Generally speaking, there are two kinds of companies in the world: data rich and data poor. The richest of the data rich (Google, Facebook, Amazon, Apple, etc.) are easy to name. But you don't need to be at the top of this list to use data to create value. You need to have the tools in place to turn information (data) into action -- that's what the data rich do that the data poor and the data middle class do not.
Because the velocity of data is increasing and will always increase, the need for data literacy is increasing and will always increase. This does not mean that to be successful executive you have to become a data scientist -- quite the contrary. It means that in order to be a successful executive, you need to understand how data is turned into action, be familiar with the methods of data science and data scientific research, and be able to think strategically about how to use data to create value for your business. All other things being equal, there is a significant difference between being literate and being fluent.
Fake women, fake privacy, real hack – that's the way my eulogy for Ashley Madison's IPO would start. Fake women, because the ratio of female names to male names in the hacked database dump is skewed extremely male. Fake privacy, because everyone now has access to Ashley Madison's private database. Real hack, because the hackers have actually ruined people's lives.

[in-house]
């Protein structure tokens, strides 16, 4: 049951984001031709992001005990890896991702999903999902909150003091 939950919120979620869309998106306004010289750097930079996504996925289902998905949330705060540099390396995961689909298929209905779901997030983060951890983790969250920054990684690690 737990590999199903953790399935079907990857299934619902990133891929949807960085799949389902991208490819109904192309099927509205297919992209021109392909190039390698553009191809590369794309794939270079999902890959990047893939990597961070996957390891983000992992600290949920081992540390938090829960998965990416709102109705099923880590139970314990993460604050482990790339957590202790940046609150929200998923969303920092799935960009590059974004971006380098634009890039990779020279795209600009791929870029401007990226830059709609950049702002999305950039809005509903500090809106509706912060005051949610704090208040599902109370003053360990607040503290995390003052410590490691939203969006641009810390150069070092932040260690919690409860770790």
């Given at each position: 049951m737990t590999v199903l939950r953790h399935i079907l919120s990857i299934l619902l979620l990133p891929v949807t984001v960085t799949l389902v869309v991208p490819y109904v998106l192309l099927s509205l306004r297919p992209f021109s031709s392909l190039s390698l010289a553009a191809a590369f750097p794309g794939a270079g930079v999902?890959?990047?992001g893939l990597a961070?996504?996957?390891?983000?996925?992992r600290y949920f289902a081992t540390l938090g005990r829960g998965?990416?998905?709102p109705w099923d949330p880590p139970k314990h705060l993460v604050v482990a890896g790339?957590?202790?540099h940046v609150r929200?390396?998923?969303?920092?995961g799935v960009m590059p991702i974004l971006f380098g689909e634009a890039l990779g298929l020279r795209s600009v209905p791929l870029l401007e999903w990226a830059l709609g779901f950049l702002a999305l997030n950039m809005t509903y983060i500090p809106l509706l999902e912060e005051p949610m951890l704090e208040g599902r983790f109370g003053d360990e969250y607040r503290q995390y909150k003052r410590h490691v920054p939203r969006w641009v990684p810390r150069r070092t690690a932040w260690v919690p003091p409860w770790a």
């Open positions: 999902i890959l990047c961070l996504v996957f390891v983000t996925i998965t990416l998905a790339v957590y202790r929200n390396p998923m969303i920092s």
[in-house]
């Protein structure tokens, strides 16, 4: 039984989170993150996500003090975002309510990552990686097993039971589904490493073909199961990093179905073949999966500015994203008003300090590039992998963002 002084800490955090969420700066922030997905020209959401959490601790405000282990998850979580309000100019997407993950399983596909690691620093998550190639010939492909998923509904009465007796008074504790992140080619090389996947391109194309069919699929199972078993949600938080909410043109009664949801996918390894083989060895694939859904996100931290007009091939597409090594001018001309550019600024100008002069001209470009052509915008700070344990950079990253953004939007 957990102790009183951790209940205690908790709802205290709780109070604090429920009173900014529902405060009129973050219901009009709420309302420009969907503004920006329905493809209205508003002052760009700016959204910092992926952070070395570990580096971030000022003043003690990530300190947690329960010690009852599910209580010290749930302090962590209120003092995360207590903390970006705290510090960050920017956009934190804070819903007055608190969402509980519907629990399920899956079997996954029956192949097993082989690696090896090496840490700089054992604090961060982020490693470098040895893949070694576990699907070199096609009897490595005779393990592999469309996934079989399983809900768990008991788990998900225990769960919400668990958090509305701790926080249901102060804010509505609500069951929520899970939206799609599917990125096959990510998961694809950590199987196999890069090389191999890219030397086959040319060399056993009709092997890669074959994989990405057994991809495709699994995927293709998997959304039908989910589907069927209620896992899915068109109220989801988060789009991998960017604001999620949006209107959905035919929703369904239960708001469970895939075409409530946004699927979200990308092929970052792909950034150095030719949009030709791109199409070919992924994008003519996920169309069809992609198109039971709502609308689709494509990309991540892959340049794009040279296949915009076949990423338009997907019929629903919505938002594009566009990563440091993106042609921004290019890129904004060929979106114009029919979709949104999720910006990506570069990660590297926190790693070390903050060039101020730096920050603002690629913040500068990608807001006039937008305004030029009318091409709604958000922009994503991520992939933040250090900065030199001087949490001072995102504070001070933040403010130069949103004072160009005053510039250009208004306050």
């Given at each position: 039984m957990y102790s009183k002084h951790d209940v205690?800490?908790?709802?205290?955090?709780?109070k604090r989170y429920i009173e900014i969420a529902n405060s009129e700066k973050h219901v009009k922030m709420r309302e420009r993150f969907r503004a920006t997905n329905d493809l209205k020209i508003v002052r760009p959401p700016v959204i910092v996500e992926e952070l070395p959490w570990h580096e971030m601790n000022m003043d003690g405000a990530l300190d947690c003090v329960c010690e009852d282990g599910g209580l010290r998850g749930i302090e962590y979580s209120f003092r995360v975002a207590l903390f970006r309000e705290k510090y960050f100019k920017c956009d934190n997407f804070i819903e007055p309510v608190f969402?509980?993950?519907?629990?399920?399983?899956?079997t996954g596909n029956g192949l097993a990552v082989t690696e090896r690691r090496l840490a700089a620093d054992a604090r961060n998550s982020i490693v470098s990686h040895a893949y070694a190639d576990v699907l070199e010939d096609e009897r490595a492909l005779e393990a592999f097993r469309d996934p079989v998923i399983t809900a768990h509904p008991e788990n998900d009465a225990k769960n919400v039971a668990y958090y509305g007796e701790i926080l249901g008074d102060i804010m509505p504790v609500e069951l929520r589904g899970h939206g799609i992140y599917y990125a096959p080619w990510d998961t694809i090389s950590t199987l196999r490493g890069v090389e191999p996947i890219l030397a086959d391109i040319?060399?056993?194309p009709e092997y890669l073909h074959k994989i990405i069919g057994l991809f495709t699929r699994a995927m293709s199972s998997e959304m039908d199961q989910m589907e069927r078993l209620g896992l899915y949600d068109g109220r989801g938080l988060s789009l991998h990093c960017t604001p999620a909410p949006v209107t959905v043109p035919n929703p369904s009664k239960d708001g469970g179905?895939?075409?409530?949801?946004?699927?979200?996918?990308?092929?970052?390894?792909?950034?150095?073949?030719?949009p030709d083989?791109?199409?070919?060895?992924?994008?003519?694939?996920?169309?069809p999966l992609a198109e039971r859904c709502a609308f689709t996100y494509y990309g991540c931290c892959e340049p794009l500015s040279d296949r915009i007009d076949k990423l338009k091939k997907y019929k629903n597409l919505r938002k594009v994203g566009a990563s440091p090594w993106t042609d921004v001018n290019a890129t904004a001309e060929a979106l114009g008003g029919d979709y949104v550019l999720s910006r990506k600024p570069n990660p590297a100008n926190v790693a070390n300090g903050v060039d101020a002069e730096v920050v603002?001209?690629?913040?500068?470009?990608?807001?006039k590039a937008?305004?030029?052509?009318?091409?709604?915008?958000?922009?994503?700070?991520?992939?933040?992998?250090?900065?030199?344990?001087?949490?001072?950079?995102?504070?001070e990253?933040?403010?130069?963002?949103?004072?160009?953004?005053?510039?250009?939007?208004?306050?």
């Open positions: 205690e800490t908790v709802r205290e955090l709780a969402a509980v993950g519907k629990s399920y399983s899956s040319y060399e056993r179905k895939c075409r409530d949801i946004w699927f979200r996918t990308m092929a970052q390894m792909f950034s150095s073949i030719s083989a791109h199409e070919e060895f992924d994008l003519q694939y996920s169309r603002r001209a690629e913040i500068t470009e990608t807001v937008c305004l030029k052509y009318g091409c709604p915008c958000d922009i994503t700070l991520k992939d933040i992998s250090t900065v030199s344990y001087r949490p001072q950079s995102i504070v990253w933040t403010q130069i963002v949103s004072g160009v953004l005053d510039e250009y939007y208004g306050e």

Remember the receptionist on the 15th floor who used to take excellent phone messages on those adorable pink pre-printed message pads? Her job predeceased yours by a few short Internet years.
First and foremost, the transition from corporate executive to successful consultant has more to do with self-knowledge than subject matter expertise or skill. If you have been successful in business, you probably have the skills to become a successful consultant, but here are seven important things to think about.